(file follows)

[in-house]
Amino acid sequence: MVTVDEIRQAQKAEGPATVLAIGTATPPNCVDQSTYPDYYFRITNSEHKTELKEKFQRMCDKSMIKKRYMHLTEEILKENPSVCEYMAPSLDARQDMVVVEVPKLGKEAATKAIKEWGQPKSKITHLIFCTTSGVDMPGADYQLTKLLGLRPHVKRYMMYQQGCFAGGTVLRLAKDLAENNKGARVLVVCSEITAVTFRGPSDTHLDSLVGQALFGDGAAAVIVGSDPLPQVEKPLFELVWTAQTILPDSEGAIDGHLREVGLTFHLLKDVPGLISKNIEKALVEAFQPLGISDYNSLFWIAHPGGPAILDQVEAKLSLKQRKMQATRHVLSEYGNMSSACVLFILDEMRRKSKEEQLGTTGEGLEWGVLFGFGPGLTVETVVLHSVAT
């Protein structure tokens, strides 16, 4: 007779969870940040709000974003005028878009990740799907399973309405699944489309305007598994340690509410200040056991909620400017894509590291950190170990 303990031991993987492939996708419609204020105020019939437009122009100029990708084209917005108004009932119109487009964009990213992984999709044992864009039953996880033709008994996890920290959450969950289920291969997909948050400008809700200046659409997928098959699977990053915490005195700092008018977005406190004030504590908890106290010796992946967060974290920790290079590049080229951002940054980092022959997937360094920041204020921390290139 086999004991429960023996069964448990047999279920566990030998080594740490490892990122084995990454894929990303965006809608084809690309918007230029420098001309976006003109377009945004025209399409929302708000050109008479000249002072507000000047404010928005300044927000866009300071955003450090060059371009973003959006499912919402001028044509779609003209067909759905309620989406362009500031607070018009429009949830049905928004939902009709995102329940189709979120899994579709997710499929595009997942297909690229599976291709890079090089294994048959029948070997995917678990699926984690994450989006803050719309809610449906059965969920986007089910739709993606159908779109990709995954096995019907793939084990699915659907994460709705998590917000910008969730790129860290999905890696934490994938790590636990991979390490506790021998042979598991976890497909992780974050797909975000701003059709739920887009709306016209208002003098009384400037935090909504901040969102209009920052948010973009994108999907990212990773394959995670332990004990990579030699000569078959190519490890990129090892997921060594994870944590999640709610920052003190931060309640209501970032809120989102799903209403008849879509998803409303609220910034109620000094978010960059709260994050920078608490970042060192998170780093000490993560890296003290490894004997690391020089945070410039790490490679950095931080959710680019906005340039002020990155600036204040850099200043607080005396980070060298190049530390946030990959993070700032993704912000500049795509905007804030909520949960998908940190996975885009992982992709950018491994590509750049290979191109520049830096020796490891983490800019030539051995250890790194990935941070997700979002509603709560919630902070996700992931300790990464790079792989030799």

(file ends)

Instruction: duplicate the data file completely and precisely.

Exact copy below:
[in-house]
Amino acid sequence: MVTVDEIRQAQKAEGPATVLAIGTATPPNCVDQSTYPDYYFRITNSEHKTELKEKFQRMCDKSMIKKRYMHLTEEILKENPSVCEYMAPSLDARQDMVVVEVPKLGKEAATKAIKEWGQPKSKITHLIFCTTSGVDMPGADYQLTKLLGLRPHVKRYMMYQQGCFAGGTVLRLAKDLAENNKGARVLVVCSEITAVTFRGPSDTHLDSLVGQALFGDGAAAVIVGSDPLPQVEKPLFELVWTAQTILPDSEGAIDGHLREVGLTFHLLKDVPGLISKNIEKALVEAFQPLGISDYNSLFWIAHPGGPAILDQVEAKLSLKQRKMQATRHVLSEYGNMSSACVLFILDEMRRKSKEEQLGTTGEGLEWGVLFGFGPGLTVETVVLHSVAT
């Protein structure tokens, strides 16, 4: 007779969870940040709000974003005028878009990740799907399973309405699944489309305007598994340690509410200040056991909620400017894509590291950190170990 303990031991993987492939996708419609204020105020019939437009122009100029990708084209917005108004009932119109487009964009990213992984999709044992864009039953996880033709008994996890920290959450969950289920291969997909948050400008809700200046659409997928098959699977990053915490005195700092008018977005406190004030504590908890106290010796992946967060974290920790290079590049080229951002940054980092022959997937360094920041204020921390290139 086999004991429960023996069964448990047999279920566990030998080594740490490892990122084995990454894929990303965006809608084809690309918007230029420098001309976006003109377009945004025209399409929302708000050109008479000249002072507000000047404010928005300044927000866009300071955003450090060059371009973003959006499912919402001028044509779609003209067909759905309620989406362009500031607070018009429009949830049905928004939902009709995102329940189709979120899994579709997710499929595009997942297909690229599976291709890079090089294994048959029948070997995917678990699926984690994450989006803050719309809610449906059965969920986007089910739709993606159908779109990709995954096995019907793939084990699915659907994460709705998590917000910008969730790129860290999905890696934490994938790590636990991979390490506790021998042979598991976890497909992780974050797909975000701003059709739920887009709306016209208002003098009384400037935090909504901040969102209009920052948010973009994108999907990212990773394959995670332990004990990579030699000569078959190519490890990129090892997921060594994870944590999640709610920052003190931060309640209501970032809120989102799903209403008849879509998803409303609220910034109620000094978010960059709260994050920078608490970042060192998170780093000490993560890296003290490894004997690391020089945070410039790490490679950095931080959710680019906005340039002020990155600036204040850099200043607080005396980070060298190049530390946030990959993070700032993704912000500049795509905007804030909520949960998908940190996975885009992982992709950018491994590509750049290979191109520049830096020796490891983490800019030539051995250890790194990935941070997700979002509603709560919630902070996700992931300790990464790079792989030799």